However, as a part of Serra Calderona Natural Park, Mirador Garbi is also a final stop on several awesome hikes in Valencia, so you can also plan a whole Valencia day trip and test a new trail like a local.
3. Santuario de Cueva Santa / Altura
Santuario de Cueva Santa is a beautiful ancient cave church, located 12 km from the village of Altura. This place used to be a refuge for the local shepherds. The chapel inside was built in the XVII century.
In order to visit the cave church, you should check its opening hours at the official website of Altura (unfortunately, the official info is in Spanish only).
4. Los Organos de Benitandus / Onda
Los Organos de Benitandus also resemble a church pipe organ. You can find these stunning rock formations in the heart of Sierra de Espadan Natural Park near the tiny village of Benitandus in the Province of Castellon.
However, in order to enjoy the magnificent views, you´ll need to hike 12km with a 450m elevation gain. In my opinion, this hike has medium difficulty. The area is similar to the previously mentioned Mirador Garbi. Nevertheless, as the hiking trail towards Los Organos de Benitandus is longer than the one leading to Garbi, the area is less crowded.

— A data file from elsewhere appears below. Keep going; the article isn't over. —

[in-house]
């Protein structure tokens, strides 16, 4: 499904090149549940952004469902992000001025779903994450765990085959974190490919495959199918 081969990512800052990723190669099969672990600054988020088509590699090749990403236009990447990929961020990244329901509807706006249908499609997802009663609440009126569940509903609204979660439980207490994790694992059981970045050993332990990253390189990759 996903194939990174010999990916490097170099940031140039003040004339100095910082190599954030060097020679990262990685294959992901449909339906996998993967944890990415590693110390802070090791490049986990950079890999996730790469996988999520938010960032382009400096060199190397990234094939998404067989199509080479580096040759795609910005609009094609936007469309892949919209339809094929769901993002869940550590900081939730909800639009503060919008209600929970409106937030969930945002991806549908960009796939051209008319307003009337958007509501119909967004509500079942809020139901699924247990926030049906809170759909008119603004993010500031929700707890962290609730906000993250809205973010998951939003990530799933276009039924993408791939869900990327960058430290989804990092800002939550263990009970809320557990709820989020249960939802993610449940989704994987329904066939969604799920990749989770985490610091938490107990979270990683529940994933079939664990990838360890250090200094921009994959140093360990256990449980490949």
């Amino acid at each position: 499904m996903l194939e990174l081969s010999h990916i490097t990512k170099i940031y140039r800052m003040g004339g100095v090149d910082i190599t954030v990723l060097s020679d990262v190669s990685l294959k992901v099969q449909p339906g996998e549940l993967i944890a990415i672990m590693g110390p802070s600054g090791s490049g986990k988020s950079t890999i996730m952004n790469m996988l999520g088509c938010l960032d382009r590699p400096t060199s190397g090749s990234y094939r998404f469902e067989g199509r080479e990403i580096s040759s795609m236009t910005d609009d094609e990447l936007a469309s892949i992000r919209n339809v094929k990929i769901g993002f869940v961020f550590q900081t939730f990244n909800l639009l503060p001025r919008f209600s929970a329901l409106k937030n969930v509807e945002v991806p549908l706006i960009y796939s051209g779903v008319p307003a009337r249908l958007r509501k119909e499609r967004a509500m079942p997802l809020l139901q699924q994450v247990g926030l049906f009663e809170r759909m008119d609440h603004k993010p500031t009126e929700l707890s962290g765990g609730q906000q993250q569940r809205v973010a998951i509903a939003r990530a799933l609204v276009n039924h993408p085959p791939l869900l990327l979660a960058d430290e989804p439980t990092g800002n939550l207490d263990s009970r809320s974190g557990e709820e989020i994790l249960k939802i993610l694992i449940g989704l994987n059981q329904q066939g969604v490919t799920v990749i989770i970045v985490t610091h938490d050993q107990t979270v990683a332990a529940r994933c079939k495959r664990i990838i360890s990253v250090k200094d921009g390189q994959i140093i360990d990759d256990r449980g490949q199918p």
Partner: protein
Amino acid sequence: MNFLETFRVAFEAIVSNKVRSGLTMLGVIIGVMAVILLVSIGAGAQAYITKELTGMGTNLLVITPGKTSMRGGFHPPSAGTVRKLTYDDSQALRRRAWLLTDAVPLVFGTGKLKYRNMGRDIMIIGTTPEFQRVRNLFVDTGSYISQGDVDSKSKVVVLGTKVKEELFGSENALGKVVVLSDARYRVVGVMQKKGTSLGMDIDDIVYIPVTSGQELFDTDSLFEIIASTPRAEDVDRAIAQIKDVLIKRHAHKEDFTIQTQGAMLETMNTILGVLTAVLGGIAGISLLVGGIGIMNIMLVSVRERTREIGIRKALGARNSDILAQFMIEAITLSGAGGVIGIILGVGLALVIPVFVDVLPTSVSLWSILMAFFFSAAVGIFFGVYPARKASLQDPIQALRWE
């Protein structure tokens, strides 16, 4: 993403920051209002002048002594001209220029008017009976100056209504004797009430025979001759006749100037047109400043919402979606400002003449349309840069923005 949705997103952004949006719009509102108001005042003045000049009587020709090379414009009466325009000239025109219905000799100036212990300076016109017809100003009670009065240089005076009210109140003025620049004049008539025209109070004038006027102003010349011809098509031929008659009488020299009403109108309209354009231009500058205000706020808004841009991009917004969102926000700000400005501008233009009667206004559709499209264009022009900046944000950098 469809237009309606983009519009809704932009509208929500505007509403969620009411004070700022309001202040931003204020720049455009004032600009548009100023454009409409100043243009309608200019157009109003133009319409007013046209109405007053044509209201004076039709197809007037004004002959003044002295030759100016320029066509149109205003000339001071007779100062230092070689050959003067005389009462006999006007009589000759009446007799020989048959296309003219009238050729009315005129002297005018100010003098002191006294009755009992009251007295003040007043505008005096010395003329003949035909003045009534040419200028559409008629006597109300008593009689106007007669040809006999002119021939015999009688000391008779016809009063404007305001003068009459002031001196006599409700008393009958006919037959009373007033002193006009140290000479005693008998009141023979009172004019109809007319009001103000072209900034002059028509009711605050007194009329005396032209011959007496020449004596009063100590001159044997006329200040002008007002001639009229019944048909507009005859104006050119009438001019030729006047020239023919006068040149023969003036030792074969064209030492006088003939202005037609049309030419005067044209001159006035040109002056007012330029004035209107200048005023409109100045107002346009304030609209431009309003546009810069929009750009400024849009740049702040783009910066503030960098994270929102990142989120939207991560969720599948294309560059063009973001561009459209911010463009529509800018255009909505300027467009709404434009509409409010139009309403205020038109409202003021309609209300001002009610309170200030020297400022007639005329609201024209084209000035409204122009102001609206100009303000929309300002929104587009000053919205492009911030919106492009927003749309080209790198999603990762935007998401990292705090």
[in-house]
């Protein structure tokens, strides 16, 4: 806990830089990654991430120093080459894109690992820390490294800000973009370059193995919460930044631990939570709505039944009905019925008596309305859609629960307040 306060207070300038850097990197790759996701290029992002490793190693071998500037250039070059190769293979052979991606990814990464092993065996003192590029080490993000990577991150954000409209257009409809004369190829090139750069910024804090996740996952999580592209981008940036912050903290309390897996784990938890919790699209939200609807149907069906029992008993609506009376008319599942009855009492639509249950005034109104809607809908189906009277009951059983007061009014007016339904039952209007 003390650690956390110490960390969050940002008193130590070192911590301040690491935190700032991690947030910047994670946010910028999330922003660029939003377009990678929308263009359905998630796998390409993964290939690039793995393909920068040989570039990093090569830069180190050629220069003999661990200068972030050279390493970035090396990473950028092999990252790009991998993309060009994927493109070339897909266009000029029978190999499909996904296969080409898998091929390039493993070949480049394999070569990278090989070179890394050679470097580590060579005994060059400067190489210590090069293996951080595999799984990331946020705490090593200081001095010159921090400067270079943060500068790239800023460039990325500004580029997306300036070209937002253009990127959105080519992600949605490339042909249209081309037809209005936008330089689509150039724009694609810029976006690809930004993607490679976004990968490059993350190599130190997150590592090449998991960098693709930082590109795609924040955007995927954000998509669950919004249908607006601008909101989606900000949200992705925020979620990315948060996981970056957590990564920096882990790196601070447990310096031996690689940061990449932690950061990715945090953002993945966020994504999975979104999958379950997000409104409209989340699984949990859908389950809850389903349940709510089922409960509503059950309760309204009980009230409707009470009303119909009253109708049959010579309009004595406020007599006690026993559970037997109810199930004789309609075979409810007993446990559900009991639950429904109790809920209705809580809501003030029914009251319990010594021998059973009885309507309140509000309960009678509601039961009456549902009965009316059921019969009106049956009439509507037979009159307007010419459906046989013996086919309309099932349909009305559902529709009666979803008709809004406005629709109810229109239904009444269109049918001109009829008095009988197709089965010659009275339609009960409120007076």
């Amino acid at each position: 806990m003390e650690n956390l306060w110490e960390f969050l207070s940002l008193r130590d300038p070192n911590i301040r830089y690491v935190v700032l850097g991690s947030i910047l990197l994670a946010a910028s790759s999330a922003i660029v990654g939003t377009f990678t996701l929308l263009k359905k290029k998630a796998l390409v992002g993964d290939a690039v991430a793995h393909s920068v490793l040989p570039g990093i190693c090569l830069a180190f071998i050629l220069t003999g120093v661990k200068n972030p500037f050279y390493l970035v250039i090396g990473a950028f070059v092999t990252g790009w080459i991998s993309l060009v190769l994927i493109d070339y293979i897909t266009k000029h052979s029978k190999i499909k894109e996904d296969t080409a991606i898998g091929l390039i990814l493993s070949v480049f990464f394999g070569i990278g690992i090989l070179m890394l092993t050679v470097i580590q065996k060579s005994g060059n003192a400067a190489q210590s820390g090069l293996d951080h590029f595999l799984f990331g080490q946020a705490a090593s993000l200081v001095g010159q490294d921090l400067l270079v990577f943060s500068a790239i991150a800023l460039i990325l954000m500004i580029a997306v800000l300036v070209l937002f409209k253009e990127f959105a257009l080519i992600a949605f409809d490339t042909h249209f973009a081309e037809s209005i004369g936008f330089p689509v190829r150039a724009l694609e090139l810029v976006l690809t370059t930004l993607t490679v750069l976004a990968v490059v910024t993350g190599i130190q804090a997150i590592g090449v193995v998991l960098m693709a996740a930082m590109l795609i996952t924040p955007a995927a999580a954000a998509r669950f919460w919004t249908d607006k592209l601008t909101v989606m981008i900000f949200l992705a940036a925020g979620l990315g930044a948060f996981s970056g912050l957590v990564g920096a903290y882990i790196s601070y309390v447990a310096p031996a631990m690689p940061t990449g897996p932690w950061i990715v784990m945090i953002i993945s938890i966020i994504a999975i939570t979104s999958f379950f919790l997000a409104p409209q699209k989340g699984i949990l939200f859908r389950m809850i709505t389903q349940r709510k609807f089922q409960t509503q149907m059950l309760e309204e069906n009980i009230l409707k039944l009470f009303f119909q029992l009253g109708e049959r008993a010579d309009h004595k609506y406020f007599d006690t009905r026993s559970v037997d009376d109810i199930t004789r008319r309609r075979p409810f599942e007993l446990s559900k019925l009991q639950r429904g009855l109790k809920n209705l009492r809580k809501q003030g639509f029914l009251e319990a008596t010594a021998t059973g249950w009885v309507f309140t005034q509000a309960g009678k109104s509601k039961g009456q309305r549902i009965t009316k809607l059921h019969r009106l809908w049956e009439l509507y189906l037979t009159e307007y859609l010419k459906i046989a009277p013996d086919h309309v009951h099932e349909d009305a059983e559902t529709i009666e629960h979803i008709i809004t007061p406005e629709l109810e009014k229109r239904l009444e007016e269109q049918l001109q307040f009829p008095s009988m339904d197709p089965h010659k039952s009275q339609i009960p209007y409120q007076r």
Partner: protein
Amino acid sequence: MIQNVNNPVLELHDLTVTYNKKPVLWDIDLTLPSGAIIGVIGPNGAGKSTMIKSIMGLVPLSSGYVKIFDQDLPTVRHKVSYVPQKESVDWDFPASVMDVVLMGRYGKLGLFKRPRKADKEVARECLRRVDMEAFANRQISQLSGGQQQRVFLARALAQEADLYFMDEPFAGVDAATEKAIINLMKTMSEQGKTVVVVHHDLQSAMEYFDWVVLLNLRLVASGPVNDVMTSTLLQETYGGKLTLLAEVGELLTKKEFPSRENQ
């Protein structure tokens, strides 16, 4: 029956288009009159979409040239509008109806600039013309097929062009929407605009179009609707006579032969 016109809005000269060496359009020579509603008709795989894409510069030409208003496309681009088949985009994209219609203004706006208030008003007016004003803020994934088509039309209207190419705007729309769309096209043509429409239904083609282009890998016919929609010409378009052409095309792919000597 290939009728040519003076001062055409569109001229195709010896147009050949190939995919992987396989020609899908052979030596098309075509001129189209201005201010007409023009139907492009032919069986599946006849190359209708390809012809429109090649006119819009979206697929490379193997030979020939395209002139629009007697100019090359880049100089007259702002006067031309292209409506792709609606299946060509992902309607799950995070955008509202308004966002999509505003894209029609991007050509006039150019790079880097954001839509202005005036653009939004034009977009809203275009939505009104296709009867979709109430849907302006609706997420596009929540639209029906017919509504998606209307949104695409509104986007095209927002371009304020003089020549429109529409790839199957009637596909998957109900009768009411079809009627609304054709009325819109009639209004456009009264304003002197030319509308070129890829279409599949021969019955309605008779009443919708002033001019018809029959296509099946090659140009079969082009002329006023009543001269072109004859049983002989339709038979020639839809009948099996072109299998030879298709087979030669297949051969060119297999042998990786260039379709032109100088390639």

In addition to the otherworldly beautiful landscapes of Los Organos de Benitandus, the nearest Onda Reservoir will definitely capture your attention with its turquoise waters.
The only drawback for me here was finding the right trail – it should have better indications. Long story short: you leave a car in Benitandus, cross the bridge towards the main road (look for the colorful route marks on the rock), then walk 500m along it to find the wooden sign marking the exact trail towards Los Organos de Benitandus.
5. Arco Romano de Cabanes
As a huge fan of Roman Ruins in Spain, I constantly search for lesser-known Roman landmarks on the Iberian Peninsula. The Arch of Cabanes or Arco Romano de Cabanes in Spanish is an ancient triumphal arch built in the 2nd century AD on the Roman Via Augusta (one of the longest and busiest roads during the times of the ancient Hispania).
Archeologists believe that The Arch of Cabanes was built as a part of a private funerary monument connected with a local rural villa.
6. Covetes dels Moros / Bocairente
The Moorish Caves are a group of artificial caves with window-like openings. It is the most complex and numerous group of cave windows in the area with over 50 windows leading to an equal number of chambers and distributed on 3-4 different levels. The caves are surrounded by various theories explaining their origins: burial chambers from ancient times, granaries, or even Visigoth monasteries.
It is difficult to determine the exact day of their appearance, although it is quite possible that The Moorish Caves were created during the Hispano-Arabic period. The interior of the caves may be visited (if you don´t mind a climb), which makes the whole experience even more interesting.